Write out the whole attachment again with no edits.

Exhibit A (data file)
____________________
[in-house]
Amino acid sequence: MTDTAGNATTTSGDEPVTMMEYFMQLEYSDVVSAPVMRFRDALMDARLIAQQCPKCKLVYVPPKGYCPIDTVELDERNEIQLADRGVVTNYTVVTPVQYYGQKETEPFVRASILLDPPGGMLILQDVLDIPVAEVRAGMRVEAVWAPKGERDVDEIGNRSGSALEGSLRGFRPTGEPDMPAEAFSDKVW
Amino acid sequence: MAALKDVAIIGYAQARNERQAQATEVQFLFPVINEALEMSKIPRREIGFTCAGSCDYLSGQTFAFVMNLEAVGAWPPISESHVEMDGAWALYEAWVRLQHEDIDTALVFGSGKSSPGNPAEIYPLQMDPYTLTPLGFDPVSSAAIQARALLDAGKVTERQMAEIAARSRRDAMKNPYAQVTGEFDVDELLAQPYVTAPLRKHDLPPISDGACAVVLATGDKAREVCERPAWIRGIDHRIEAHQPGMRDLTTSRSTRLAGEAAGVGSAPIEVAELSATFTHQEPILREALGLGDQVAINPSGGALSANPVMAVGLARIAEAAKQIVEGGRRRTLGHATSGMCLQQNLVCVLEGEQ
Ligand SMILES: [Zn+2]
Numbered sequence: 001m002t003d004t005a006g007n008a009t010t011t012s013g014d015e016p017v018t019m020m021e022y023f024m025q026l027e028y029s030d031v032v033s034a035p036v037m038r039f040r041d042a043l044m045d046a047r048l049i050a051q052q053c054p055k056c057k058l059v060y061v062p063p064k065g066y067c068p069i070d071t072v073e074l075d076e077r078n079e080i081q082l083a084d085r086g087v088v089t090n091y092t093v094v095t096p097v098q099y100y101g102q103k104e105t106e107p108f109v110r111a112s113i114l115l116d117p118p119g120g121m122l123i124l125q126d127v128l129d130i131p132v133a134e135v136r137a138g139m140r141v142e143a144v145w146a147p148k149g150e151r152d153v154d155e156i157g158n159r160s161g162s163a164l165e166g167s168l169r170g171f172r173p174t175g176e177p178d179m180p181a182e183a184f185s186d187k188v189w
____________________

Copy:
[in-house]
Amino acid sequence: MTDTAGNATTTSGDEPVTMMEYFMQLEYSDVVSAPVMRFRDALMDARLIAQQCPKCKLVYVPPKGYCPIDTVELDERNEIQLADRGVVTNYTVVTPVQYYGQKETEPFVRASILLDPPGGMLILQDVLDIPVAEVRAGMRVEAVWAPKGERDVDEIGNRSGSALEGSLRGFRPTGEPDMPAEAFSDKVW
Amino acid sequence: MAALKDVAIIGYAQARNERQAQATEVQFLFPVINEALEMSKIPRREIGFTCAGSCDYLSGQTFAFVMNLEAVGAWPPISESHVEMDGAWALYEAWVRLQHEDIDTALVFGSGKSSPGNPAEIYPLQMDPYTLTPLGFDPVSSAAIQARALLDAGKVTERQMAEIAARSRRDAMKNPYAQVTGEFDVDELLAQPYVTAPLRKHDLPPISDGACAVVLATGDKAREVCERPAWIRGIDHRIEAHQPGMRDLTTSRSTRLAGEAAGVGSAPIEVAELSATFTHQEPILREALGLGDQVAINPSGGALSANPVMAVGLARIAEAAKQIVEGGRRRTLGHATSGMCLQQNLVCVLEGEQ
Ligand SMILES: [Zn+2]
Numbered sequence: 001m002t003d004t005a006g007n008a009t010t011t012s013g014d015e016p017v018t019m020m021e022y023f024m025q026l027e028y029s030d031v032v033s034a035p036v037m038r039f040r041d042a043l044m045d046a047r048l049i050a051q052q053c054p055k056c057k058l059v060y061v062p063p064k065g066y067c068p069i070d071t072v073e074l075d076e077r078n079e080i081q082l083a084d085r086g087v088v089t090n091y092t093v094v095t096p097v098q099y100y101g102q103k104e105t106e107p108f109v110r111a112s113i114l115l116d117p118p119g120g121m122l123i124l125q126d127v128l129d130i131p132v133a134e135v136r137a138g139m140r141v142e143a144v145w146a147p148k149g150e151r152d153v154d155e156i157g158n159r160s161g162s163a164l165e166g167s168l169r170g171f172r173p174t175g176e177p178d179m180p181a182e183a184f185s186d187k188v189w